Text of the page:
HIPAA was introduced in 1996 to protect patient privacy and enable individuals to control their health records. However, over the last 30 years, the proliferation of technology has enabled patients to collect, transmit, and store personal health data in ways that were unimaginable to the original authors of the legislation. This article discusses how the definition of protected health information may expand in the future to account for new types of data, covered entities, and technologies.
Protected Health Information Today
Under the current iteration of HIPAA, protected health information, or PHI, is defined as “individually identifiable protected health information.” Protected health information refers specifically to three classes of data:
- An individual’s past, present, or future physical or mental health or condition.
- The past, present, or future provisioning of health care to an individual.
- The past, present, or future payment-related information for the provisioning of health care to an individual.
For protected health information to be “individually identifiable,” the data must be linked to a specific individual (even if this is very indirect). There are 18 types of identifiers for an individual. Any one of these identifiers, combined with health data, would constitute PHI.
In addition, under today’s HIPAA rules, only covered entities and business associates must abide by the regulations. Covered entities fall into three categories:
- Healthcare providers include hospitals, doctors, clinics, pharmacies, nursing homes, psychologists, and other providers.
- Health plans – Health insurance companies, company health plans, HMOs, and Government-paid health care plans such as Medicare are all considered health plans.
- Healthcare clearinghouses – These entities either process or facilitate the processing of health information they receive from other entities.
Business associates include a wide range of companies, but most importantly, they are contracted by a covered entity to perform a business function involving PHI. Business associates can include web hosts, billing companies, marketing agencies, legal firms, accountants, and more.
The Future of Protected Health Information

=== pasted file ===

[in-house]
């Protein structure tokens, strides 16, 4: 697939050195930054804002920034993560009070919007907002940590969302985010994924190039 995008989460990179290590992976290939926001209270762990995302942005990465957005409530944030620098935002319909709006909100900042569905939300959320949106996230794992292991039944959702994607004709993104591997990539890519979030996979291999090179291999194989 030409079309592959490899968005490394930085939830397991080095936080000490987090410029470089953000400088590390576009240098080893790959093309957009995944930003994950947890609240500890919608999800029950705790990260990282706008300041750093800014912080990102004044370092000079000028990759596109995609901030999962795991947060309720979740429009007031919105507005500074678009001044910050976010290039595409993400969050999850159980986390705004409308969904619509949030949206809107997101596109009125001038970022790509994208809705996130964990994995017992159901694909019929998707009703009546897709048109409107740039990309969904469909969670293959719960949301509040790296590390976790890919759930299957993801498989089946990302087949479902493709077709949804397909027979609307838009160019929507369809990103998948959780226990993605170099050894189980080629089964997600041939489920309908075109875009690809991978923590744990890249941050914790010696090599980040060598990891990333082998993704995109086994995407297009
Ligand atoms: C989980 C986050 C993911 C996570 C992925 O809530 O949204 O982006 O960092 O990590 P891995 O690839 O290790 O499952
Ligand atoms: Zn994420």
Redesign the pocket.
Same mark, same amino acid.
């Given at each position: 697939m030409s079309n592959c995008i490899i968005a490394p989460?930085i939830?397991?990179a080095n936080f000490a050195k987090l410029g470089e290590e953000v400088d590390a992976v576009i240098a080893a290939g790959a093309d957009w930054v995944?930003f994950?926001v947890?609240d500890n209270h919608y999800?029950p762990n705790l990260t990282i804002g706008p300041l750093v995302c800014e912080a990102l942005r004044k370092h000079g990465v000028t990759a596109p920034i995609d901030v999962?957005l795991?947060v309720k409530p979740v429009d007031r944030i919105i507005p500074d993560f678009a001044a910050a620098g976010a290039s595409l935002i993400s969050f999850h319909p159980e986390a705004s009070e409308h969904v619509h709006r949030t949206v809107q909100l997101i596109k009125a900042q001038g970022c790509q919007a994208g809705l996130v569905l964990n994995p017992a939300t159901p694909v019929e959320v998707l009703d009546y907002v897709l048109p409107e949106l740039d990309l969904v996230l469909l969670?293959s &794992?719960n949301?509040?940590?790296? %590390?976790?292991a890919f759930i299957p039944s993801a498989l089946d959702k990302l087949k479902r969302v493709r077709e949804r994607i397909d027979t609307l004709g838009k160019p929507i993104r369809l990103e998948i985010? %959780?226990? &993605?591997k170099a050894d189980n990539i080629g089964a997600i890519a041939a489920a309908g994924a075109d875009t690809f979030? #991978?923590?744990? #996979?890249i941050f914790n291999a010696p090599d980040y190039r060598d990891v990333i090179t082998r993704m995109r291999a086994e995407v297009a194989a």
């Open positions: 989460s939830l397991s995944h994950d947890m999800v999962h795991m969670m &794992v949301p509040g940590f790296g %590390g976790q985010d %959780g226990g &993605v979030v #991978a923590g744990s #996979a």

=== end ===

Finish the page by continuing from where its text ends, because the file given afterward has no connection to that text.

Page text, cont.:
As the world has rapidly changed, new technologies that challenge how we think about personal health data have evolved. IT security teams must consider future security challenges and regulatory changes to futureproof their organization and mitigate risks. Below we explore how technology and PHI have progressed in a way that is pressuring regulators and legislators to protect patient privacy.
The smartphone was still a decade away from being invented when HIPAA was introduced. In today’s world, the success of the iPhone has trickled down to other internet-connected smart devices like watches, scales, and other wearable devices. Even medical devices, including heart rate monitors and remote patient monitoring devices, can be found in people’s homes today. When medical providers ask patients to use these devices to capture biometric data, HIPAA rules apply.
But what about when healthcare providers do not recommend these technologies? If a consumer wants to use an application to record their daily activity, record their weight, or monitor their heart rate without direction from a doctor, HIPAA does not apply. However, due to the sensitivity of the data and lack of consumer understanding, some are calling for additional privacy protections for device and application manufacturers. It is not hard to imagine that any application designed to collect, store, or transmit health data will become subject to stricter regulations regardless of whether they are involved in an individual’s healthcare.
New Types of Data
When HIPAA was envisioned, genetic science was progressing but still confined to the upper levels of academia and research. Improvements in genetic testing and increased knowledge of the human genome could completely alter what is defined as PHI and how individuals interact with their healthcare providers. In 2013, amendments to the Privacy Rule clarified that genetic information is PHI and needs to be secured. However, over the past decade, genetic testing capabilities have exploded. Anyone can order a genetic test from numerous consumer-facing companies. As a result, personalized medicine is thriving and is likely to grow over the next decade.
As doctors have more access than ever before to information about our genomics, it’s of the highest importance to ensure it is secured.
Change is On The Way: Are You Ready?
Covid-19 rapidly accelerated many of these technological changes, and recent events in the news have already sparked changes to HIPAA enforcement. For example, the use of online tracking pixels to collect and transmit PHI recently caused OCR to issue a statement on their proper use. In addition, last year’s Supreme Court decision in Dobbs vs. Jackson Women’s Health spurred many reproductive health-tracking apps to take additional steps to protect users’ data. The incident highlighted just how much personal health data is contained in unregulated applications.
Even without government intervention, organizations that process health data must secure it to build consumer trust and differentiate from the competition. With breaches and cyberattacks on the rise, only the best-prepared organizations will be able to grapple with future challenges and regulatory changes.